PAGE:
Friday, 28 December 2018

Climate change > Britain’s pathway to net zero carbon

'Zero carbon' might seem impossible, but there are good examples of how it can happen:

In housing:
Futures Forum: A solution to our housing problems: the 'impossible' zero-carbon house
Futures Forum: Reducing carbon emissions from buildings >>> a message from the industry: "Making buildings energy-efficient stimulates economic activity and creates thousands of jobs"

In farming:
Futures Forum: VGS AGM: Fresh and Green
Futures Forum: VGS AGM: Bicton College

In planning:
Futures Forum: What makes an eco-town?
Futures Forum: Cranbrook: What's the difference between a housing estate and an eco newtown?

Mainstream media has been interested in the idea for some time now:
Futures Forum: Climate change: zero emissions target
Futures Forum: Climate change: Carbon negative

With more on this from the excellent 'green blog':
Make Wealth History – Because the earth can't afford our lifestyle 

Britain’s pathway to net zero carbon

BY JEREMY WILLIAMSDecember 12, 2018

2 Commentson Britain’s pathway to net zero carbon

Last week I wrote about how the British government was seeking advice on a zero carbon target, and the latest plan from Friends of the Earth. A similar report was released the same week by WWF, showing how the country could end its contribution to climate change by 2045.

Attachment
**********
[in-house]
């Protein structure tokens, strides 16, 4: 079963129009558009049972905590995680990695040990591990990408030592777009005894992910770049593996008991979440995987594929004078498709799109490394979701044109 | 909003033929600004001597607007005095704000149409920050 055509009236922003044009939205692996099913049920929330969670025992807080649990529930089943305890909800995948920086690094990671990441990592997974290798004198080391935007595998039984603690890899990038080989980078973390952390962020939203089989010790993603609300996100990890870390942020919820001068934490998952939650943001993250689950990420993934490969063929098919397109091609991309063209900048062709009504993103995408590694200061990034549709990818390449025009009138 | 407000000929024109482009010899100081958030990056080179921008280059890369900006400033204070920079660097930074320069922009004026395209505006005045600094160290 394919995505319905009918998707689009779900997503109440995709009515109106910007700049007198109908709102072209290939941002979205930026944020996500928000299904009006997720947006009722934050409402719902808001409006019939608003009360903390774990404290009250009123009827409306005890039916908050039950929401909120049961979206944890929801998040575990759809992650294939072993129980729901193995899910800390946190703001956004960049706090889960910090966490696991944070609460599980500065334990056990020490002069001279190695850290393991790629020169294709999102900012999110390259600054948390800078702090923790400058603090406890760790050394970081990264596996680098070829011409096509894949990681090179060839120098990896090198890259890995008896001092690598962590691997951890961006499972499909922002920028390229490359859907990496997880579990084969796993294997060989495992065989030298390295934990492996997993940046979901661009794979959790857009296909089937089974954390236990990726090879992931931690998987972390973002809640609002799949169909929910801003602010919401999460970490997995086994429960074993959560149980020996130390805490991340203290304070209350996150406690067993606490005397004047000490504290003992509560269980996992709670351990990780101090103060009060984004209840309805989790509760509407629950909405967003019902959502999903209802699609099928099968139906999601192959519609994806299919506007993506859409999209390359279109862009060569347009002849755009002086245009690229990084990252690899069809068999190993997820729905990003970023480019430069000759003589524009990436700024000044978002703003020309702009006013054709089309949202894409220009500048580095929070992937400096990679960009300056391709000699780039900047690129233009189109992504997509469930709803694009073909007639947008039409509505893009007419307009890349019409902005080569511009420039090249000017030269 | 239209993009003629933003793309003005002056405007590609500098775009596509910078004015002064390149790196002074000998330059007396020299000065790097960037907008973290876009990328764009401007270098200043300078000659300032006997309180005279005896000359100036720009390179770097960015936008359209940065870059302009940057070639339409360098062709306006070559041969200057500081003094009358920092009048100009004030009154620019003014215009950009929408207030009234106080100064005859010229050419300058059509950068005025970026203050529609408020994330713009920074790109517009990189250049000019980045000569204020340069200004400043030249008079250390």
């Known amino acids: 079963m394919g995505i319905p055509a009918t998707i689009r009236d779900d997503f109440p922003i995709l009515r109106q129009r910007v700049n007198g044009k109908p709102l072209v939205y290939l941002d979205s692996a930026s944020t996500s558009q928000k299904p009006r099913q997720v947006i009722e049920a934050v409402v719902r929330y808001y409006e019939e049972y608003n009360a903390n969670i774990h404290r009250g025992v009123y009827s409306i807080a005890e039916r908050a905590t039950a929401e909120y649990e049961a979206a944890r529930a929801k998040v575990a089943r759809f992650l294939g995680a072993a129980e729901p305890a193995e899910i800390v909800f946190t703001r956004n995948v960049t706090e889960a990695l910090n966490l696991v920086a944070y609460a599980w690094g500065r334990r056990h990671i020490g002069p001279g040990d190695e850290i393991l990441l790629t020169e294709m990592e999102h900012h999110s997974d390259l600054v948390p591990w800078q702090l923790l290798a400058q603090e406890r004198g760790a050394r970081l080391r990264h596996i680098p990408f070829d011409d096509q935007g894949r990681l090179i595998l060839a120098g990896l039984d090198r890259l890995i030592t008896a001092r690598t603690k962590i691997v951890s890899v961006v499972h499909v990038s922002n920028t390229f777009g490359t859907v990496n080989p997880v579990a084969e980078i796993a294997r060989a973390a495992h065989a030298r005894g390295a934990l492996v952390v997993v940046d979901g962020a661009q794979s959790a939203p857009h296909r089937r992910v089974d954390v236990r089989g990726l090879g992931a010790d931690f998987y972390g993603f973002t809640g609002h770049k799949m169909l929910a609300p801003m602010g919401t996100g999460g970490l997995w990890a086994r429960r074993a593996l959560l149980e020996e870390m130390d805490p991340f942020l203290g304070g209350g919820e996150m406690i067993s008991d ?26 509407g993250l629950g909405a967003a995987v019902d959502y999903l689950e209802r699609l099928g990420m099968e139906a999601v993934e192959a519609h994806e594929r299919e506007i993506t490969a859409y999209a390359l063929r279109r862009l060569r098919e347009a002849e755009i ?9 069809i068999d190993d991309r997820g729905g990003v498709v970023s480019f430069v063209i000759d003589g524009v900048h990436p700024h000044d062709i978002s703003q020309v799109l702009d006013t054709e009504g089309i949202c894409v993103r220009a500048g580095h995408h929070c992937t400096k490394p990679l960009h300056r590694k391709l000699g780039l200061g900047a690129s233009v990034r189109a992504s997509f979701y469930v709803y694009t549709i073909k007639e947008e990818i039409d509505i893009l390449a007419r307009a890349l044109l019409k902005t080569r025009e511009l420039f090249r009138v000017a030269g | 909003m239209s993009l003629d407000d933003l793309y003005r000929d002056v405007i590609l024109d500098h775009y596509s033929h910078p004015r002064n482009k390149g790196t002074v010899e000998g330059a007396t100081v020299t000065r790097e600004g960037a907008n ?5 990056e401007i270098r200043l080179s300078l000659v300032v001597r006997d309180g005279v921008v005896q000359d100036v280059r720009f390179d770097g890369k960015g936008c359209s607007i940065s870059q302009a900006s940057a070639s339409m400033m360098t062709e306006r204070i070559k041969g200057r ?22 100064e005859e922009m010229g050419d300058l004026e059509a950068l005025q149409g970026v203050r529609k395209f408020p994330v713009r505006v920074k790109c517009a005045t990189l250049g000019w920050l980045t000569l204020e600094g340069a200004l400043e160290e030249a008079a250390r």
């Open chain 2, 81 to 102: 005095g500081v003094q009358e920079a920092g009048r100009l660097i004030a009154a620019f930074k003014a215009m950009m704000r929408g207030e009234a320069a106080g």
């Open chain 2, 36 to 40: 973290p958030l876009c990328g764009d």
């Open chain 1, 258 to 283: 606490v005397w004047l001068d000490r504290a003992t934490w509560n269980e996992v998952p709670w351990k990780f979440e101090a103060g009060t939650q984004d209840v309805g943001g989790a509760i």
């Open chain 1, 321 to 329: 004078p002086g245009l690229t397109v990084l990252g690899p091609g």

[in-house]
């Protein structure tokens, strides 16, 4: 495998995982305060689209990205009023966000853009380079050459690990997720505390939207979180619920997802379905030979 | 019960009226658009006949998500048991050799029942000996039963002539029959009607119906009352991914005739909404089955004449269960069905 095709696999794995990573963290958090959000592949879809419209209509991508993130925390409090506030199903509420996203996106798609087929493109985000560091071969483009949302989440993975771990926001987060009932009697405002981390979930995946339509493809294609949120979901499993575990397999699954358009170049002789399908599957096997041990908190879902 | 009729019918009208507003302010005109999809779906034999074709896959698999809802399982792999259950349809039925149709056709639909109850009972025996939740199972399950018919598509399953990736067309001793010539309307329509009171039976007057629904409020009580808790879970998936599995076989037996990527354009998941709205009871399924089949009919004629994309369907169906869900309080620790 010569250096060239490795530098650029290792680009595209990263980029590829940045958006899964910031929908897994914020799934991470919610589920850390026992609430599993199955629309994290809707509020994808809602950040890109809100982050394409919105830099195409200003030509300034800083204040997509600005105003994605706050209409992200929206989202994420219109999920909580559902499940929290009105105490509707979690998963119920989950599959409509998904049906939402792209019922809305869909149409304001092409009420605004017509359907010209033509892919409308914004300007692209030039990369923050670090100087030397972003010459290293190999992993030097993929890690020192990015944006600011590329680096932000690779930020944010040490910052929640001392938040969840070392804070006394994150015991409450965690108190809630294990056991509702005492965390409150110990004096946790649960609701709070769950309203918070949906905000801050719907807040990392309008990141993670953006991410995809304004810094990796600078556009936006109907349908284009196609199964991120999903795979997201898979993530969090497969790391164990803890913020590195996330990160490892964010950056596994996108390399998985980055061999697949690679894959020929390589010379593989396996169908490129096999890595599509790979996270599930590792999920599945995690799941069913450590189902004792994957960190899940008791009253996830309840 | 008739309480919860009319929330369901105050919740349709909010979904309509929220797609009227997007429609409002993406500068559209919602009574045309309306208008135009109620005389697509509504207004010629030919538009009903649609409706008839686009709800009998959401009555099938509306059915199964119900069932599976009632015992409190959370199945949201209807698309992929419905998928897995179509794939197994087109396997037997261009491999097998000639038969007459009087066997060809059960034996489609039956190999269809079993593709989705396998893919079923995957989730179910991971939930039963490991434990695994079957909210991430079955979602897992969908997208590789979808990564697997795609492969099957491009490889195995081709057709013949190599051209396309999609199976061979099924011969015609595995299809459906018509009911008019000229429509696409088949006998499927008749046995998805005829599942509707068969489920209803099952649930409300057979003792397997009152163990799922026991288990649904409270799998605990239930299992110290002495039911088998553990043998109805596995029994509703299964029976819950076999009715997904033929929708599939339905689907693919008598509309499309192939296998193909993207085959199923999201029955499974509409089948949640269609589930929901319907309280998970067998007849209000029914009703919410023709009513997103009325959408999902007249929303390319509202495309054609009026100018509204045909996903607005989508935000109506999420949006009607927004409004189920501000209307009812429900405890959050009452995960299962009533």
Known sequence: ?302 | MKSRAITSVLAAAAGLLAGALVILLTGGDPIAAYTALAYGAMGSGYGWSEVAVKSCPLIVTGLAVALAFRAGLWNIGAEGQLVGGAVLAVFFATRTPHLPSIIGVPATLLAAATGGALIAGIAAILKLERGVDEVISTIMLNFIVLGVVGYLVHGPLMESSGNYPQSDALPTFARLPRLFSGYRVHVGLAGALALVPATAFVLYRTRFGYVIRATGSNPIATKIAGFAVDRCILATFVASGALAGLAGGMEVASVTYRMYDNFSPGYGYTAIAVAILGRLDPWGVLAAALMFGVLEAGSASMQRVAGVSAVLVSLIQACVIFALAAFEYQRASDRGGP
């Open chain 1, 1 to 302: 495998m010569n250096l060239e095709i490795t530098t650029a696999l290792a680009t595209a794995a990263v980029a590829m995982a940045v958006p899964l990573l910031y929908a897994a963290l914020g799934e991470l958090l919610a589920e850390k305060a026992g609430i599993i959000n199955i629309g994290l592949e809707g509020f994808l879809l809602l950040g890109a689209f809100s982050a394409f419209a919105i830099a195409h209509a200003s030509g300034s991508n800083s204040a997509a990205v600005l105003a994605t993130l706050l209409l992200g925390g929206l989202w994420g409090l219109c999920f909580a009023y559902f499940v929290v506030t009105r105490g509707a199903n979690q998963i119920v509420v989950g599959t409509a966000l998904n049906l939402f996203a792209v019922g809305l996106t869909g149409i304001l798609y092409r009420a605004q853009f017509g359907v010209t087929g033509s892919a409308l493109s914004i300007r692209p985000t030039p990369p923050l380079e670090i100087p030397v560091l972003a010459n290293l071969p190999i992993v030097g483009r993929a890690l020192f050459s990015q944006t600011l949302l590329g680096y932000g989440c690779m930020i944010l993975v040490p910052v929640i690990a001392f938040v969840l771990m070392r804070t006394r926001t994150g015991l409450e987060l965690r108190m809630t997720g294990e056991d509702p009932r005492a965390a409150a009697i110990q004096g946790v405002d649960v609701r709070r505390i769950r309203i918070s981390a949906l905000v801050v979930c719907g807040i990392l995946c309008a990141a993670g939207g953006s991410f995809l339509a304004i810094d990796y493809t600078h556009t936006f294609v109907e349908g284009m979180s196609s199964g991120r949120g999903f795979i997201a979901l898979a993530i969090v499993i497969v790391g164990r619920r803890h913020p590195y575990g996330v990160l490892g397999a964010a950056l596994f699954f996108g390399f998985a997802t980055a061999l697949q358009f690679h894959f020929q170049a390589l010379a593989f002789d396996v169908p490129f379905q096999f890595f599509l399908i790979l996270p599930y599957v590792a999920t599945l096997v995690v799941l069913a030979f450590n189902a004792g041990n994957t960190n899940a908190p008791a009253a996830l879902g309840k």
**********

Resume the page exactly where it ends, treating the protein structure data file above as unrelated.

Called Keeping it Cool, the report looks for opportunities to make deep emissions cuts, and then accelerates the shift to net zero by using techniques that store and reduce carbon. Put together, the path down the mountain looks something like this:

It’s good to see these land management and natural carbon capture techniques modeled. They feature so highly in the lists of most effective strategies (see Drawdown, for example) but rarely get mentioned. In WWF’s plan, we’d knock down emissions in industry, energy generation and buildings. Encouraging more sustainable diets gets a little further. ‘Hard to treat’ areas such as shipping and avaiation make a smaller contribution, but at least we can stop them growing.

Carbon negative strategies then remove an equivalent amount, helping us get to net zero. Reforestation is an obvious one, and better soil stewardship so that more carbon is stored in the soil. Those we know we can do. DACS, at the bottom there, is a bit harder. That’s ‘direct air capture’ with carbon storage – a proven technology, but not at scale and not within a business model that works just yet.

BECCS, just below it, is ‘bioenergy with carbon capture and storage’. That’s where you use biomass for energy – such as wood or agricultural waste burned in a power station – and then capture the carbon. The carbon absorbed as the plants grew is used or locked away, effectively making it a carbon negative form of energy.

If governments, businesses and citizens of developed countries had acted on climate change when it was first brought to our attention, we wouldn’t need these technologies to draw carbon out of the atmosphere. As it is, they’re going to have to be a part of the mix – not to offset emissions that we intend to ignore, but to accelerate the transition.

Britain’s pathway to net zero carbon – Make Wealth History

See also:
Futures Forum: Climate change: "Going Carbon Neutral" >>> from Aston Hayes to Exmouth
Futures Forum: Climate change: will Carbon Capture and Storage be the techno-fix to 'unlock' unburnable fossil fuels?

No comments: